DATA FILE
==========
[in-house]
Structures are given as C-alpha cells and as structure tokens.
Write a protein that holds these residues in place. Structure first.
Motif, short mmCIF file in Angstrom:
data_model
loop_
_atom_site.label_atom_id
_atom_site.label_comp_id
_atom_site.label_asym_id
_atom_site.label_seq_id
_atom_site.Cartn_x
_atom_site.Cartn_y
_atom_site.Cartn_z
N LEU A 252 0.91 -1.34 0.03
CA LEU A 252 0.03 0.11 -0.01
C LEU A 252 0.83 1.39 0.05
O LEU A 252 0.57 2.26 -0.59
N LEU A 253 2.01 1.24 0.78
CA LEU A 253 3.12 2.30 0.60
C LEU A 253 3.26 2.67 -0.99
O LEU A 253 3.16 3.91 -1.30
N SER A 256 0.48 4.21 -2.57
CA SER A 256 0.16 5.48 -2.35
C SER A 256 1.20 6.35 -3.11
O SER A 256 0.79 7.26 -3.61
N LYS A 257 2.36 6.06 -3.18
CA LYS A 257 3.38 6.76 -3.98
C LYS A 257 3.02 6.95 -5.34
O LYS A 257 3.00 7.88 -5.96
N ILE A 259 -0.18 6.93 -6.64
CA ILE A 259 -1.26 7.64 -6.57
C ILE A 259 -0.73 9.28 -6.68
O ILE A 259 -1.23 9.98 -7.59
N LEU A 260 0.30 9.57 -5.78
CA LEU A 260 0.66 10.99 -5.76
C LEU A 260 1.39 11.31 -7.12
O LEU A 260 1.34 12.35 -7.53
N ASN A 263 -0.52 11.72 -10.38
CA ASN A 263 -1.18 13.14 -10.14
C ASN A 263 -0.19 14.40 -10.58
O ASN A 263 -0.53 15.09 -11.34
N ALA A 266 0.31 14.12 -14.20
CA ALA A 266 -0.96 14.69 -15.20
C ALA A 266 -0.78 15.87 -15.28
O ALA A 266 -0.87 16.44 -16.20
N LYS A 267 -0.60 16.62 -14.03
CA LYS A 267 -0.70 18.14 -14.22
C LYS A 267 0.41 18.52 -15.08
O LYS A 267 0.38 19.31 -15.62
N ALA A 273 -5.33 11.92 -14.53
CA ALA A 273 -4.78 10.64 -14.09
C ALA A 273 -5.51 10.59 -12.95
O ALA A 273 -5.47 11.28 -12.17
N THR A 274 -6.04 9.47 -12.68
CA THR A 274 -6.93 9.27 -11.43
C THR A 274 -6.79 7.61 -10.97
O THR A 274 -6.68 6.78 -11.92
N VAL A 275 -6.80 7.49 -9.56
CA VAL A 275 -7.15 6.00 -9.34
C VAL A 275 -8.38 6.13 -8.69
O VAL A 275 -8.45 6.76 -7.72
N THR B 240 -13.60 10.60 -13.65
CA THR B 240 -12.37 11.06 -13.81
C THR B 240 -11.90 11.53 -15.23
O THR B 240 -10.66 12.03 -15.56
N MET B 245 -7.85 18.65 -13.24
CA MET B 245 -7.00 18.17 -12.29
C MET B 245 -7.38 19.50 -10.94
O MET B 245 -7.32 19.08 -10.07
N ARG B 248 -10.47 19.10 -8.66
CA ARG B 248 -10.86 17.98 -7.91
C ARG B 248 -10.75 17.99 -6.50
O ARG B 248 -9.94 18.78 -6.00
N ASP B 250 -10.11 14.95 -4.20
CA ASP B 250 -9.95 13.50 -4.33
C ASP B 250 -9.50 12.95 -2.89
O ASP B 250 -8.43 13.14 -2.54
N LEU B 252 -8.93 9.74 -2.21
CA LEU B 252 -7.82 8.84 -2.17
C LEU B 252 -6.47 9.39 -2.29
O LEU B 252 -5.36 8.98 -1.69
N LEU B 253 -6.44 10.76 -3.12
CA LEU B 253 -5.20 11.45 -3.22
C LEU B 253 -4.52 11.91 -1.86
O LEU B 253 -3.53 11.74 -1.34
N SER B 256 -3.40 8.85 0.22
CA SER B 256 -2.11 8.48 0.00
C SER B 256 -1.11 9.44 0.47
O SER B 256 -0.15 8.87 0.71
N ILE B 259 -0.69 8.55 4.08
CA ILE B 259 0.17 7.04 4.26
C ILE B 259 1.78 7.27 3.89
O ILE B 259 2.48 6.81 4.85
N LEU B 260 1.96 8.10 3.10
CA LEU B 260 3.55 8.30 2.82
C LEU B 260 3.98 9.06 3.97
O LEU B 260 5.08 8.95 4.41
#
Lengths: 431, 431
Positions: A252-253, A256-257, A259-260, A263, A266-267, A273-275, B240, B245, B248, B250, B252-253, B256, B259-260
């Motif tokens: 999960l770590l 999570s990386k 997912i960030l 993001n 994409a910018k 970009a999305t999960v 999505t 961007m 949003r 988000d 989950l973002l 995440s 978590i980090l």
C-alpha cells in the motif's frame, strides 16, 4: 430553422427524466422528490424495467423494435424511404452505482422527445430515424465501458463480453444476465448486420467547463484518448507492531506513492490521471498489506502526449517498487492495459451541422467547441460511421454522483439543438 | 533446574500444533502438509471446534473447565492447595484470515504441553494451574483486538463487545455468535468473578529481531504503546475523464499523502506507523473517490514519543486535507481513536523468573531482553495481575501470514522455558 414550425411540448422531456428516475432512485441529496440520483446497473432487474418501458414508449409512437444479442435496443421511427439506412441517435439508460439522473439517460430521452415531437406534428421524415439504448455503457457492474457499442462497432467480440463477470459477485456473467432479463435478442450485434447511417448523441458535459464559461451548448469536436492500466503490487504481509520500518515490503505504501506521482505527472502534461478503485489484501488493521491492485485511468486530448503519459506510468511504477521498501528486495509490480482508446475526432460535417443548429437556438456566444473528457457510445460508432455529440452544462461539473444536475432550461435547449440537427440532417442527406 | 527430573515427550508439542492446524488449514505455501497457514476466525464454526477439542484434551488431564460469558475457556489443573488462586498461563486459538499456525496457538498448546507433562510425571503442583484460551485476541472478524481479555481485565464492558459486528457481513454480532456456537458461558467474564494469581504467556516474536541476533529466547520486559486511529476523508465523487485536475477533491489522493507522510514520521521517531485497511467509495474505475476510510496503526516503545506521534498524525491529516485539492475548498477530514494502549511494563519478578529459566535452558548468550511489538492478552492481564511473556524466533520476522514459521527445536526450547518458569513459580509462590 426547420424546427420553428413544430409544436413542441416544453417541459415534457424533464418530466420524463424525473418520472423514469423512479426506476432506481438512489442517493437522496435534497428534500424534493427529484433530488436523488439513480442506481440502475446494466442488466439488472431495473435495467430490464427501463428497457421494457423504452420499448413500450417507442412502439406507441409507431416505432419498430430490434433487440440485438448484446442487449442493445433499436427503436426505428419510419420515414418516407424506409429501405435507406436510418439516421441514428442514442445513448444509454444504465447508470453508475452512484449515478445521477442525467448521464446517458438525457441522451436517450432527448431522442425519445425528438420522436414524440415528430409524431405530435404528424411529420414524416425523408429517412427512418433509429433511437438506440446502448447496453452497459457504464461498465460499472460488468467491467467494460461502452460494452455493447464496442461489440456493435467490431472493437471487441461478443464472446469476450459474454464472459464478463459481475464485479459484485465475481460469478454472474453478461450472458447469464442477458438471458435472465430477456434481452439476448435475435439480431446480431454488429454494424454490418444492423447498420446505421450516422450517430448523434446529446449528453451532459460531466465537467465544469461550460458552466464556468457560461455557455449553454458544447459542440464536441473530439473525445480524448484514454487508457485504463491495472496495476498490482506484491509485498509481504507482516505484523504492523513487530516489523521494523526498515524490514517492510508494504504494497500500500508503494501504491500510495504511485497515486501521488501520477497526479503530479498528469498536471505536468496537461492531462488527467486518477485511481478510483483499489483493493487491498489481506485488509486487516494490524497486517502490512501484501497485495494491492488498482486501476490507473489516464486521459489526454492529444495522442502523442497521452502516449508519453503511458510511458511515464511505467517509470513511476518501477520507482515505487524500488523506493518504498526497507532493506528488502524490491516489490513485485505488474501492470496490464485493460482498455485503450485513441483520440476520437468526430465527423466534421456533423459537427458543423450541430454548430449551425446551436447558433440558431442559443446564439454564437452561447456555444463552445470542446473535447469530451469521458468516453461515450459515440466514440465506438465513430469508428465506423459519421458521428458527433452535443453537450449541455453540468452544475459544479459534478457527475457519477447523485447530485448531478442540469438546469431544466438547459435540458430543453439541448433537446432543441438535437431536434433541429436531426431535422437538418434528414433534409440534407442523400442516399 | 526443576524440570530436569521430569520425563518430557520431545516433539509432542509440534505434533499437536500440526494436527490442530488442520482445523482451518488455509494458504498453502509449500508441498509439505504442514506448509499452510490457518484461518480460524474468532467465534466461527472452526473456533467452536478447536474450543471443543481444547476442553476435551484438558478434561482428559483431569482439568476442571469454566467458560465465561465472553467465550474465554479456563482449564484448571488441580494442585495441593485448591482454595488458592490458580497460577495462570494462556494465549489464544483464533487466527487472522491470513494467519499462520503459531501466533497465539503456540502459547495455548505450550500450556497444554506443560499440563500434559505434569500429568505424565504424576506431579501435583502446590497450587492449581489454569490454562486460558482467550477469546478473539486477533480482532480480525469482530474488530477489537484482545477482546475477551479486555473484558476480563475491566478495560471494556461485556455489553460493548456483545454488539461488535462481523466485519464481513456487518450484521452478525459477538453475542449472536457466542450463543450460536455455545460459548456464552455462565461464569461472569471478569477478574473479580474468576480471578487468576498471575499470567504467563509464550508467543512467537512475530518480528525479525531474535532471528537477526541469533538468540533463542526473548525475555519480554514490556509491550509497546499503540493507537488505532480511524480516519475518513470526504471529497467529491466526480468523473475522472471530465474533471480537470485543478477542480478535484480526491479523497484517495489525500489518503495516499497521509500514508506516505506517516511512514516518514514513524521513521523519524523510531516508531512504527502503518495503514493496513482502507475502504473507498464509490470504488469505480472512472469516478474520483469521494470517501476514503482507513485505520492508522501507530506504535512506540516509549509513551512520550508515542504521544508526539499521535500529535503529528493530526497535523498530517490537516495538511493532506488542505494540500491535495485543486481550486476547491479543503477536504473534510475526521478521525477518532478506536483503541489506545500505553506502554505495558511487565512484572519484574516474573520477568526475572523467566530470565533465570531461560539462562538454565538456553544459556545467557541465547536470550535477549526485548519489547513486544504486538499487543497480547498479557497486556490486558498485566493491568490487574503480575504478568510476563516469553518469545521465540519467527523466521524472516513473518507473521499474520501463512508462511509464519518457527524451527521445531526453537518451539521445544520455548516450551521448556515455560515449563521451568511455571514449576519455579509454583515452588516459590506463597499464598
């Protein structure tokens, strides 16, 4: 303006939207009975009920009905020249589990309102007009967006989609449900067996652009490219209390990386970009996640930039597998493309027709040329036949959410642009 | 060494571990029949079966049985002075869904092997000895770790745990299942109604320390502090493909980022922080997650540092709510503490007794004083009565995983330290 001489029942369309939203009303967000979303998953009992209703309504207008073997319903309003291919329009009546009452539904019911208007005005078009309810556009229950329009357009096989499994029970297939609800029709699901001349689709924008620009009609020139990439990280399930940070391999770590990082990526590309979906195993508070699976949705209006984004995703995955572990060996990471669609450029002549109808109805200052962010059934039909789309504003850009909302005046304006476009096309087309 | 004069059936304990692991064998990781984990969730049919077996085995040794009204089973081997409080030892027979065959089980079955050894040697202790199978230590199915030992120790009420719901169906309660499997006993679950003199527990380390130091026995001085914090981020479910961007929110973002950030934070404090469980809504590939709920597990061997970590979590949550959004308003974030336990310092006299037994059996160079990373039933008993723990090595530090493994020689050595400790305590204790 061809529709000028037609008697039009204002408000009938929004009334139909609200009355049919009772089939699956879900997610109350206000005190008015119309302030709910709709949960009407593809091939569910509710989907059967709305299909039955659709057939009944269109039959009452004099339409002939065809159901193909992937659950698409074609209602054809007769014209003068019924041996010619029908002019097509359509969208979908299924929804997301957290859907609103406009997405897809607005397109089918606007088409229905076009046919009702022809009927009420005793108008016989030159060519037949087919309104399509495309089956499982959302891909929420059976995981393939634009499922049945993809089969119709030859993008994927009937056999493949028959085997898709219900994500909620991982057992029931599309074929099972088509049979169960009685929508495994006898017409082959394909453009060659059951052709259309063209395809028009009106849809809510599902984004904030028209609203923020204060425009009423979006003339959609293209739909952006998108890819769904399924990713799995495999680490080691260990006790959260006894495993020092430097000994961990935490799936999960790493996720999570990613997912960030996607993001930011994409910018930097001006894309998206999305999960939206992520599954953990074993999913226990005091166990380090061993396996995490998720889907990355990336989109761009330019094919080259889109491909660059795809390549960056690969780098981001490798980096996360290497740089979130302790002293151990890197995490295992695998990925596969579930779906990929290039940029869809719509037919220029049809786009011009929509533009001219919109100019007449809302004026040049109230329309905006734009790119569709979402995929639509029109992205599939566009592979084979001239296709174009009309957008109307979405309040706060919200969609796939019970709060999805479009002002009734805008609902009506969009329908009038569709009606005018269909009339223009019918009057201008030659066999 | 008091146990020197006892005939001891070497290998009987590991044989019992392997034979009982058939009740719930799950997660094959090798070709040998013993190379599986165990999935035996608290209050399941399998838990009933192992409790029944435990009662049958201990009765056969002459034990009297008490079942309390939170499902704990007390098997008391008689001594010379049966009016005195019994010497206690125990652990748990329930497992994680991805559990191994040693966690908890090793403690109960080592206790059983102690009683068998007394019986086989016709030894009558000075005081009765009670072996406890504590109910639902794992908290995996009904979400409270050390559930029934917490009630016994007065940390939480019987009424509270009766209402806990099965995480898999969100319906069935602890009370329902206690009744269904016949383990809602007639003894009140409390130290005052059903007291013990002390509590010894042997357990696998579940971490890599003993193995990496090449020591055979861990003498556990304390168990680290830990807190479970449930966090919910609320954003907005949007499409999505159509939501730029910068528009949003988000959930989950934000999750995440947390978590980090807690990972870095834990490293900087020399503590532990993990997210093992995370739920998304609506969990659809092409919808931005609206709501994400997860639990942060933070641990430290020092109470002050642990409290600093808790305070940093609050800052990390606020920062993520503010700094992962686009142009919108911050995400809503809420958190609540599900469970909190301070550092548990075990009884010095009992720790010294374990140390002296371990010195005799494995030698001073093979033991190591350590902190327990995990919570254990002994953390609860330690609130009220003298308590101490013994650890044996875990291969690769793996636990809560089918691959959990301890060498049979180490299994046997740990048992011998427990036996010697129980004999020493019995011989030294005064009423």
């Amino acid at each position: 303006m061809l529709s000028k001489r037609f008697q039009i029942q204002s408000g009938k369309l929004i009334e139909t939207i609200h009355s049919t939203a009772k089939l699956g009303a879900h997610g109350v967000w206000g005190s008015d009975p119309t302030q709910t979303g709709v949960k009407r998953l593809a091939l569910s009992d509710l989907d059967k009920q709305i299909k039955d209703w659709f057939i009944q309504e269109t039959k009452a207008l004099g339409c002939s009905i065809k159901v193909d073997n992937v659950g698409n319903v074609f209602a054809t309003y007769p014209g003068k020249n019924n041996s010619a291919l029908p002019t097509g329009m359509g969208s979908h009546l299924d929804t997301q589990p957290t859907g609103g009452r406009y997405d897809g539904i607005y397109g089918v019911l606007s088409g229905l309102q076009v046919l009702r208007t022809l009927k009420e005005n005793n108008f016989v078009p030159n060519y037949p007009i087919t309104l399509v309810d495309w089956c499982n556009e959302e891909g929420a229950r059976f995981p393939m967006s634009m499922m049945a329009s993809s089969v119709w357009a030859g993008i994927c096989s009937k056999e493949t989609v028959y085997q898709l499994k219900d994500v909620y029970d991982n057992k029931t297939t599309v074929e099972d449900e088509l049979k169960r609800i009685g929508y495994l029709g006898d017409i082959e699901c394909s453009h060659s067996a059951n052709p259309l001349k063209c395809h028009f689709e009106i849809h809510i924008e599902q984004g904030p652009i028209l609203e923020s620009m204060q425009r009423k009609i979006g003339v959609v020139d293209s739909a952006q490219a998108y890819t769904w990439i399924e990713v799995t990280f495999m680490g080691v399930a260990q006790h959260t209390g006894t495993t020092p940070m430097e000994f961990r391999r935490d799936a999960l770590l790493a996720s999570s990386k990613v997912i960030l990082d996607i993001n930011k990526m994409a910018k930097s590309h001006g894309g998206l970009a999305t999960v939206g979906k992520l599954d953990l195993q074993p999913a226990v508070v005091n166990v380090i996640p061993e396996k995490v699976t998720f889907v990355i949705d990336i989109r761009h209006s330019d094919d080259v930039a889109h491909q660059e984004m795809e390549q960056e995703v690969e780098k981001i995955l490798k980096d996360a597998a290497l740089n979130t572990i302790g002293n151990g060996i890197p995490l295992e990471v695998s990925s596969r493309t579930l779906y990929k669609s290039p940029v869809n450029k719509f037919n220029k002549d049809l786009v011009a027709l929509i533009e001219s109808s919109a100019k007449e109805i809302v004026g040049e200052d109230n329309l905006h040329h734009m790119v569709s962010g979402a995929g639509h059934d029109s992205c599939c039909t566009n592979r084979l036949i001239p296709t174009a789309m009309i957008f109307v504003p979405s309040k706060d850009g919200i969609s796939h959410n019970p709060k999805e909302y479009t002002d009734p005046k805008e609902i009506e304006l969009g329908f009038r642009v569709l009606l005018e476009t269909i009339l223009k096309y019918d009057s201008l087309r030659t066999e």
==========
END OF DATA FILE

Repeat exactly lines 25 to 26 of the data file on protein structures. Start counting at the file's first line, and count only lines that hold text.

O SER A 256 0.79 7.26 -3.61
N LYS A 257 2.36 6.06 -3.18